This story had some good and interesting parts to it and many Israeli towns are mentioned. The author also mentions several Jewish words and gives an explanation of them to her readers that are not Jewish. The problem that I have with it is that she does several interrogations, each comprising a chapter, where each person she questions gives pretty much the same answers. It’s not until over half way into the book before she starts finding out some different and more interesting information. I feel that she wastes a lot of space a words, just different people saying the same thing.

Purchase Links:
This book can be purchased in various formats from the following sites:




Tim’s Rating: ***
(Three out of five stars)

I’m off to read another book. Check back periodically for more book reviews.


Monday, April 17, 2017

Book Review #36: The Narrative of Arthur Gordon Pym of Nantucket

The Narrative of Arthur Gordon Pym of Nantucket is the only full length novel that Edgar Allan Poe ever wrote. This novel is about the adventures at sea by Arthur Gordon Pym and includes a lot of elements you see in a lot of classic sea adventures which are mutiny, piracy, strong storms, wrecked vessels, sharks, cannibalism and barbarous savages. The events of these adventures keep it interesting.

I am indifferent on this book. I found out about it when I read Thrillers: 100 Must Reads and it sparked my interest. What I wasn’t ready for were long and wordy sentences and paragraphs, some of which you wonder if they’ll ever end. The author also starts talking about latitudes and longitudes which start losing my interest when he lists quite a few. I remember covering talking about those over forty years ago in school, but forgot most of what I learned about them.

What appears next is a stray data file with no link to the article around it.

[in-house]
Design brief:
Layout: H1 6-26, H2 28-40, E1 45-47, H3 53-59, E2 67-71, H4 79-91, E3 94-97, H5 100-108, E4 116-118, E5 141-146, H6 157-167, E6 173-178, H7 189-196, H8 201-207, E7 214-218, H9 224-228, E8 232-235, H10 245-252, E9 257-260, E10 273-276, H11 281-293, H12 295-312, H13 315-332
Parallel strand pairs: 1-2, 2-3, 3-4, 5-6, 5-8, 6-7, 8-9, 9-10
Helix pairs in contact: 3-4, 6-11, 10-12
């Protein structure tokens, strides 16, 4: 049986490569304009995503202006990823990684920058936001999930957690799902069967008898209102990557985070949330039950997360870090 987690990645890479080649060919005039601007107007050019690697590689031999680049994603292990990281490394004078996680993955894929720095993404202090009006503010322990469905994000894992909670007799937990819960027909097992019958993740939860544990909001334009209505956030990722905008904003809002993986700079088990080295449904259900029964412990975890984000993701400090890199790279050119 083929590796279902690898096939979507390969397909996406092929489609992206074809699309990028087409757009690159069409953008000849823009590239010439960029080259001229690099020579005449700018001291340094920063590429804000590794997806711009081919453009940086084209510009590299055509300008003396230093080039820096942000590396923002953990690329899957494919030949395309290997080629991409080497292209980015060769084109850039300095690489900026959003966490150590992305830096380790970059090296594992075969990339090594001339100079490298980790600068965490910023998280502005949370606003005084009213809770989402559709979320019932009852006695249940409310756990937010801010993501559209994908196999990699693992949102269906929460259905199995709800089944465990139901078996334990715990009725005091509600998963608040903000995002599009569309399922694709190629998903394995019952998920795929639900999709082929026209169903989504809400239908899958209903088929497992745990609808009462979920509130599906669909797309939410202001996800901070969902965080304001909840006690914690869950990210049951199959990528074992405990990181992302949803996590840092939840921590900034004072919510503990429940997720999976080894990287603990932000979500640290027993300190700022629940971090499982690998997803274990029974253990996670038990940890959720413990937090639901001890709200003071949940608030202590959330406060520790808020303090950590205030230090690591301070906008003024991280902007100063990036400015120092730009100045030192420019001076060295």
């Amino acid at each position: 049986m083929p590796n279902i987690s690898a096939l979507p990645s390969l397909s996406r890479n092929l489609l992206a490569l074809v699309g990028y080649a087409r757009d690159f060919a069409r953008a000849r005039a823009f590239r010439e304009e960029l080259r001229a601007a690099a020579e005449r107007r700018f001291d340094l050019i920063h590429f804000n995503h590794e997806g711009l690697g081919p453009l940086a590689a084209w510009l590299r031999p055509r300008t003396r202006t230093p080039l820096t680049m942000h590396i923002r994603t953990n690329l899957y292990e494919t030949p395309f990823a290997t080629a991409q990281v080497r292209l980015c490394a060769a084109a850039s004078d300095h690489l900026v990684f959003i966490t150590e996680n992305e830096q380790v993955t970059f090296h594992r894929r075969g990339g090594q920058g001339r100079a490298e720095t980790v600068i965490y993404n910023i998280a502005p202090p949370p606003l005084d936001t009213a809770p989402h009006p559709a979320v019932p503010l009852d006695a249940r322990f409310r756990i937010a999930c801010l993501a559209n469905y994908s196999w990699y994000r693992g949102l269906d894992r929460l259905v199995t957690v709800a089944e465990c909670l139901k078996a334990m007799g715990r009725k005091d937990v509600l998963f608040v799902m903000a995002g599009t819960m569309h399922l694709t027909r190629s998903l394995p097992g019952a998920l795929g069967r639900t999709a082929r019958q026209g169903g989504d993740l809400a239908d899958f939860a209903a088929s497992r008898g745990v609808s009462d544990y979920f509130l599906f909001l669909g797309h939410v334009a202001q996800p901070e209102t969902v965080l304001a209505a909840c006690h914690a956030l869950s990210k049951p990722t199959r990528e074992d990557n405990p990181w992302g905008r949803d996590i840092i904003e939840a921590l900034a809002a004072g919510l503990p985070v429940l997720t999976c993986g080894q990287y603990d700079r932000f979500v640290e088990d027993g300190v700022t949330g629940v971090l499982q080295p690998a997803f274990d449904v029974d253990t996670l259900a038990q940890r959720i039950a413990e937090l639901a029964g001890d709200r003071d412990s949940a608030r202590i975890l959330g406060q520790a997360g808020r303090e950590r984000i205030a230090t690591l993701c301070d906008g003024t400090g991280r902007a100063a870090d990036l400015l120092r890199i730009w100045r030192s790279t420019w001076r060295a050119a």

Download Links:
You can download this book in various ebook formats from the following sites:






Tim’s Rating: ***
(Three out of five stars)

I’m off to read another book. Check periodically for more book reviews.


Saturday, April 15, 2017

Book Review #35: The Hunt for Red October

The Hunt for Red October was the first book by Tom Clancy and also the first book written in the Jack Ryan series. This book takes during the Cold War. In this book, the Red October is the newest nuclear missile submarine in the Soviet Unions fleet and is captained by Marko Ramius. On the maiden voyage of the Red October which is to be an exercise to test the abilities of the new submarine which include technological advancements such as a new drive system which is very quiet and around impossible to detect by sonar. The problem is the submarine does not show up in the area where the exercise is to take place. Ramius and his senior officers, all hand picked by Marko, had planned months before the exercise to instead to head to America and seek asylum in the United States. As soon as the Soviet Navy finds out about him not being in the exercise area, the send around there entire Atlantic fleet to stop and destroy the Red October. Jack Ryan, an analyst for the CIA, is the first American to figure out what’s going on. He is sent out on Presidential orders to try to find the Red October and find out whether that is their intent.